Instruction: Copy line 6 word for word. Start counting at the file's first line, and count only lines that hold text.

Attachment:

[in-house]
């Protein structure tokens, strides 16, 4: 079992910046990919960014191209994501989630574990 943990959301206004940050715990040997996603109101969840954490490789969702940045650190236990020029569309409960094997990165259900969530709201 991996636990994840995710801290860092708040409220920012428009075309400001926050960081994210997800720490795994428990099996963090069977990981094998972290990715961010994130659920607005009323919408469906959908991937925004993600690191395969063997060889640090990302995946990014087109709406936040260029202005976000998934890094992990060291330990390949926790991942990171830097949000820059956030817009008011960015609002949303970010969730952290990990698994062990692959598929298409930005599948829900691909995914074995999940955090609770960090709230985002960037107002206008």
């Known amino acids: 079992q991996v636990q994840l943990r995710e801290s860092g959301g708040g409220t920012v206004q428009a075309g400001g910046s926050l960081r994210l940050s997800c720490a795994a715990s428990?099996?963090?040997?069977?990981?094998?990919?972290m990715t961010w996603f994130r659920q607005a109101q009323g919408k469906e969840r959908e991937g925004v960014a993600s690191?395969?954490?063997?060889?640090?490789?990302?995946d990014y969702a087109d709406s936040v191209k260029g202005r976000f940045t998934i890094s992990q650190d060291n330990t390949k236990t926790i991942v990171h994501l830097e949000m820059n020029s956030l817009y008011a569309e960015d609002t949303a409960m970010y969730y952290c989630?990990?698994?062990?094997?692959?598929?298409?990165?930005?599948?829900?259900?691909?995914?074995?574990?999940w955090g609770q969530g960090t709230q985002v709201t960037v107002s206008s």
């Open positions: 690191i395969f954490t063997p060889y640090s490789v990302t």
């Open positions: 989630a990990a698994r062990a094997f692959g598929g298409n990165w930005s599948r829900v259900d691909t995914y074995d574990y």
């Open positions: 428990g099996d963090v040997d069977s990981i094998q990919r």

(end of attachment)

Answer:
């Open positions: 428990g099996d963090v040997d069977s990981i094998q990919r």